Birgit Pauli-Haack: Probably not, right.
Mark Uraine: That’s a problem. Goodness I didn’t even think about that. So that’s something that really needs to be talked about and thought through, because that highlights that issue even further.
Birgit Pauli-Haack: Yeah. I was thinking, I know I talked with a few bloggers. I always tell them that, “Don’t touch them.” And if you touch them, yeah. When you do it, but then, it’s okay, what’s the next step. And that kind of brought me to … well, I haven’t thought about that yet.
Mark Uraine: Yeah. That have old styles that don’t update.
Birgit Pauli-Haack: Right. Yeah. And that’s normal for a theme when you change it, yeah. But now you have two sets of styles and that’s why you don’t want that technology depth there. But the transform brought me, Oh, maybe that’s a good method to kind of loop through, I don’t know, 10 at a time or something. Anyway, keep going, that was a little tangent there.
Mark Uraine: The next one highlight is removing the margin from the last button if buttons in the buttons block are centered. So what that means, if you have a few buttons in the buttons block and you’ve centered them on the page, there was oftentimes an additional margin to the right and allowing the insert icon to show. And so even though you showed the buttons were centered or you marked them to be centered, they didn’t look visually such as it was extra margin. So removing that margin just makes us all happy, now that we can see it is centered as I wanted it to be.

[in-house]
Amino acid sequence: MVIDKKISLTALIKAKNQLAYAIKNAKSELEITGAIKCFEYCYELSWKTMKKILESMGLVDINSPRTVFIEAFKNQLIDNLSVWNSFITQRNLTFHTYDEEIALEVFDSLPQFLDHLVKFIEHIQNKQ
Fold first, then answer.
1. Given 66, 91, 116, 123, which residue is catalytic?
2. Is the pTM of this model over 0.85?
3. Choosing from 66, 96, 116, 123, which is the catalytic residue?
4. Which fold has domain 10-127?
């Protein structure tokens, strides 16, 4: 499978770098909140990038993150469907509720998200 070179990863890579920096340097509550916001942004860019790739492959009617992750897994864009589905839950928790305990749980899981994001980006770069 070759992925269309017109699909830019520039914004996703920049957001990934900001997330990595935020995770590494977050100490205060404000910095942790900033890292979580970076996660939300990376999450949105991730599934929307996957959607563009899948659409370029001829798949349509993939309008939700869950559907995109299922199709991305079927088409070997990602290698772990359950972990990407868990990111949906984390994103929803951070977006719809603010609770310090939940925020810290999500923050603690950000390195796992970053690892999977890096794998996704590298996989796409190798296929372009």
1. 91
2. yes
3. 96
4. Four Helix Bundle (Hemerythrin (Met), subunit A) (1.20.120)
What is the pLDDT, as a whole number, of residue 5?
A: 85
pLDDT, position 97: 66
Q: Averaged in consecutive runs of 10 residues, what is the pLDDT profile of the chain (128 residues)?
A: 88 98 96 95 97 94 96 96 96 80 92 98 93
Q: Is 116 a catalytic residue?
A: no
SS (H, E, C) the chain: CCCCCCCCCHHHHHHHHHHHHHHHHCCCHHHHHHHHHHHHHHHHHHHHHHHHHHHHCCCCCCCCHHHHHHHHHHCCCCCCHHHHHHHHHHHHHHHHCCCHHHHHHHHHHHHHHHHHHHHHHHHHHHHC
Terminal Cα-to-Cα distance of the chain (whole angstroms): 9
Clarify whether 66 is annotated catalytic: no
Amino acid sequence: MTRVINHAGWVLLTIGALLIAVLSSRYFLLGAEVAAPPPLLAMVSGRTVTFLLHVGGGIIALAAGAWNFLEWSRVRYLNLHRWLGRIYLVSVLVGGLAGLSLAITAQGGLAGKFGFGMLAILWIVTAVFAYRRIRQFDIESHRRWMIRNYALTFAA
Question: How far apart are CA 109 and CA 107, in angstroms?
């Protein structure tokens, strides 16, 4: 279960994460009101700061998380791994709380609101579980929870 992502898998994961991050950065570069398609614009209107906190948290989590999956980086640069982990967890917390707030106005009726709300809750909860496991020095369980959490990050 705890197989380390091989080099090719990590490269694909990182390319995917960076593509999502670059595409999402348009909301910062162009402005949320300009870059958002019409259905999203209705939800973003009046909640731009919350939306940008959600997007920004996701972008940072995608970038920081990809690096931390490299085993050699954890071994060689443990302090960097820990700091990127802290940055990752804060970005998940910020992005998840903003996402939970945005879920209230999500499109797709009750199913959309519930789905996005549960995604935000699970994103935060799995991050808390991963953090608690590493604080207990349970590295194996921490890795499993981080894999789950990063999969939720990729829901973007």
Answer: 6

Making the … I liked this one, this is my favorite enhancement. Make UI more consistent. So actually I have to go look at the PR that was done to see what ways it was made more consistent. But are you opening that up right now?
Birgit Pauli-Haack: Yeah. Just opening up but the very general thing.
Mark Uraine: Yeah. Give me a little more definition.
Birgit Pauli-Haack: It’s peace on earth. Right.
Mark Uraine: If you get it you could shout out.
But removing the canvas padding. It’s another one, like as we’re moving towards a more simplified Gutenberg styling so that themes can really interject their own stylings and everything. We’re trying to remove more and more opinionated styles in the editor itself to allow the themes to really come in and make it the way they wanted to be.
And then lots of image editing stuff as we already discussed. But updating rich image icons, editing icons, consolidating the crop ratios, move to the image block, I’m not sure what that one is, but change edit label to crop icon. Just so many different things that have gone into this image editing package.